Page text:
Disaster Relief and Resiliency Fund
The House included an outside section that would establish a permanent Disaster Relief and Resiliency Fund to provide relief to municipalities impacted by extreme weather events. A separate section would direct the state’s comptroller to transfer $14 million from any consolidated net budget surplus for fiscal 2025 to the Disaster Relief and Resiliency Fund.

Surtax investments
Fiscal 2025 is the second year that revenue from the Fair Share amendment surtax will be allocated.

The House bill would use $1.3 billion to invest in education and transportation needs, including the following:
• Supplemental local road and bridge funding: $25 million — separate from the annual Chapter 90 bond authorization
• Green School Works: $10 million for a grant program launched in fiscal 2024 to provide financial support to public school districts to install or maintain clean energy infrastructure (administered through DESE)
• Universal School Meals: $190 million to continue the Universal School Meals program, which allows all Massachusetts students to eat for free at school, regardless of household income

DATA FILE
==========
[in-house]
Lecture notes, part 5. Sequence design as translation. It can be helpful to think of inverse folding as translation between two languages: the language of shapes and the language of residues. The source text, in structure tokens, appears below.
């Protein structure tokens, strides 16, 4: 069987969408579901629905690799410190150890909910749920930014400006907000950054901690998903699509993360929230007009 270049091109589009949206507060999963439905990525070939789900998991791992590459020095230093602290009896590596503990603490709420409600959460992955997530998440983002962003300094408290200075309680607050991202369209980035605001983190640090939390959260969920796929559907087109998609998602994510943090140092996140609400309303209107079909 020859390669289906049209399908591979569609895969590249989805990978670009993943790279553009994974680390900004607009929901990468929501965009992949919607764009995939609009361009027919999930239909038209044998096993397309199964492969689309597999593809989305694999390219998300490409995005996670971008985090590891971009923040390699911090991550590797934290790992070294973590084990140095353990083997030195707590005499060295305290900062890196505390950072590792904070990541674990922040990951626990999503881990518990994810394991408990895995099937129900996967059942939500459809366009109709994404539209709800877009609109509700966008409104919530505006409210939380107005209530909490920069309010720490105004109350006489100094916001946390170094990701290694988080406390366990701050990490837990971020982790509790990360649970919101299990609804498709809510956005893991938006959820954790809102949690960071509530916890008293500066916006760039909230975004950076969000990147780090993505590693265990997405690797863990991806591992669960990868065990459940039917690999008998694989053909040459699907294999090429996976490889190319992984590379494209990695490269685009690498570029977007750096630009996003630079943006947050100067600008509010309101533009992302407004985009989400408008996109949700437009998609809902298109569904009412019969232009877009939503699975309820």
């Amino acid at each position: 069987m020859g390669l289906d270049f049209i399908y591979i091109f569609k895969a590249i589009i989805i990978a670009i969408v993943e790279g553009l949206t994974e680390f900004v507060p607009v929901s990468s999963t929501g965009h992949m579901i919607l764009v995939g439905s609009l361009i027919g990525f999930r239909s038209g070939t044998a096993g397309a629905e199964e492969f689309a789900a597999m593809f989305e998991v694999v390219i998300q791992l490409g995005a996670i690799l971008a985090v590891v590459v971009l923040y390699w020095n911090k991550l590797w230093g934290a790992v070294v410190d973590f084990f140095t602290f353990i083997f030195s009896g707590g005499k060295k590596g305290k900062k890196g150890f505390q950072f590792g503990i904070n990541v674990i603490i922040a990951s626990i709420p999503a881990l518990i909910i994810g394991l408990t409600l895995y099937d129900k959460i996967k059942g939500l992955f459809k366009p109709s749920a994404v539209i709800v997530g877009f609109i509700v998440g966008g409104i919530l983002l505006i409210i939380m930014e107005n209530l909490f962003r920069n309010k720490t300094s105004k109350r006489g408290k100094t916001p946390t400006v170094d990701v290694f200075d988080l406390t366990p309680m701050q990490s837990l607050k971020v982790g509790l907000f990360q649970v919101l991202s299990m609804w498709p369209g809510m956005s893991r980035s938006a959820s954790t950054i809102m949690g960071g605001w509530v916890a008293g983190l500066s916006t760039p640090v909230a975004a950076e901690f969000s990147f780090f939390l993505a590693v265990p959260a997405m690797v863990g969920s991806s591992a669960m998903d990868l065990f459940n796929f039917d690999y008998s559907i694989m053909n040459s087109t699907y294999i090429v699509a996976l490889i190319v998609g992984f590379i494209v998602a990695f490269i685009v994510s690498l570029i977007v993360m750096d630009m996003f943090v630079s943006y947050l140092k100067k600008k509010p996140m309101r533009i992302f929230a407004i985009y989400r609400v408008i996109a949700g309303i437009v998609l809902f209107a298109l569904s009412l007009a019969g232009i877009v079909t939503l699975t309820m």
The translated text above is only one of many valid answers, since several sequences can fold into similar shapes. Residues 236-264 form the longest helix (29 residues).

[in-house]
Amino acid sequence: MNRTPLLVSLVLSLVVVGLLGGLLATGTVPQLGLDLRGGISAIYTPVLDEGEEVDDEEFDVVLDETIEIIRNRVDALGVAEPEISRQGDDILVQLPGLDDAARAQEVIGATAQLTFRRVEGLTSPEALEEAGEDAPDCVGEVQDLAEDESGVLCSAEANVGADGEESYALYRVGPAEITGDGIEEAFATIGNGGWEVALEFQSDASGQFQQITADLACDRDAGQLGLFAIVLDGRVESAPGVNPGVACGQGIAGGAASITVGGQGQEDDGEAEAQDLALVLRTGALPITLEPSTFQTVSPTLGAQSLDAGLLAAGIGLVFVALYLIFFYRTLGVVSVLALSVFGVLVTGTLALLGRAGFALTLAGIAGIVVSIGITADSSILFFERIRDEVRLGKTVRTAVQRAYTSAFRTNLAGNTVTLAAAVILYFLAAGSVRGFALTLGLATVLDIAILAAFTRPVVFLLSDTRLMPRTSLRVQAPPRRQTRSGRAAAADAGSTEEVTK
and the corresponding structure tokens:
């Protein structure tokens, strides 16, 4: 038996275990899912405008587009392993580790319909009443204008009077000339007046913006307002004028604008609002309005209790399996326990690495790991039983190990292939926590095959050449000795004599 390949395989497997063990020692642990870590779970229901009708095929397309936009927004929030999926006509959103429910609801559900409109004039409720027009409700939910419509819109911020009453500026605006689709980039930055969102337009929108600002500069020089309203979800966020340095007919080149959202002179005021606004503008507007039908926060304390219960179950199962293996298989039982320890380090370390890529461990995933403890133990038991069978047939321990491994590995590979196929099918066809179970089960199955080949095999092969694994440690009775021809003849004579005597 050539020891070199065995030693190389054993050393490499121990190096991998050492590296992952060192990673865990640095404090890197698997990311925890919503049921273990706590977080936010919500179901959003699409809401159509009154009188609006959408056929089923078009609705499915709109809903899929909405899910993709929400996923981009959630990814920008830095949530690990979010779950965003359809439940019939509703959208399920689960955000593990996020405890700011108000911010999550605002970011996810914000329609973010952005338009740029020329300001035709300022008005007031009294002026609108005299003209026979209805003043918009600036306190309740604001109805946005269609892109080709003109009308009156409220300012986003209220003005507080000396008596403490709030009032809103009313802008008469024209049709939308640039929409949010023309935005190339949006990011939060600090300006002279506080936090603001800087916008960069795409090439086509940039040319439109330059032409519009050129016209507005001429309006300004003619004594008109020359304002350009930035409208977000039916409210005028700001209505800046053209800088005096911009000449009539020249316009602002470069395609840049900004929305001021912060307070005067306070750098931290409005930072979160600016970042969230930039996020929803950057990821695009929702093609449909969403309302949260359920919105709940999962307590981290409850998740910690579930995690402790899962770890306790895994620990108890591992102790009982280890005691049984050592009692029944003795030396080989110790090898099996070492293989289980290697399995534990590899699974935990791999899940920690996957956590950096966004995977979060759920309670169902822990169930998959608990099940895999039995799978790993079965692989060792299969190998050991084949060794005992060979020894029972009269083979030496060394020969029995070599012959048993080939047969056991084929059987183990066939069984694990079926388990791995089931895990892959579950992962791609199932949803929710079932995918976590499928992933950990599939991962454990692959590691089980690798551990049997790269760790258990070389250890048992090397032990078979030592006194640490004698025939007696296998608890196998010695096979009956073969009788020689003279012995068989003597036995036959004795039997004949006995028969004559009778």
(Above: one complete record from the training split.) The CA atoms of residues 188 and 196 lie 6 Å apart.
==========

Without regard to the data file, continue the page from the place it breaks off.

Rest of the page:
Next steps
The state budget process now moves to the Senate, where the Ways and Means Committee is expected to release its recommendation in early May, and debate and adoption are expected later in the month.

The House and Senate will then need to reconcile their two budget plans before sending a final bill to the governor for her consideration by the beginning of the fiscal year on July 1.

During the remainder of the budget process, the MMA will work to build on the progress in the House’s proposal by advocating for a greater increase in Unrestricted General Government Aid, maintaining the increase in Chapter 70 minimum aid, increasing supplemental funding for local roads and bridges, and protecting local aid with regards to iLottery proceeds.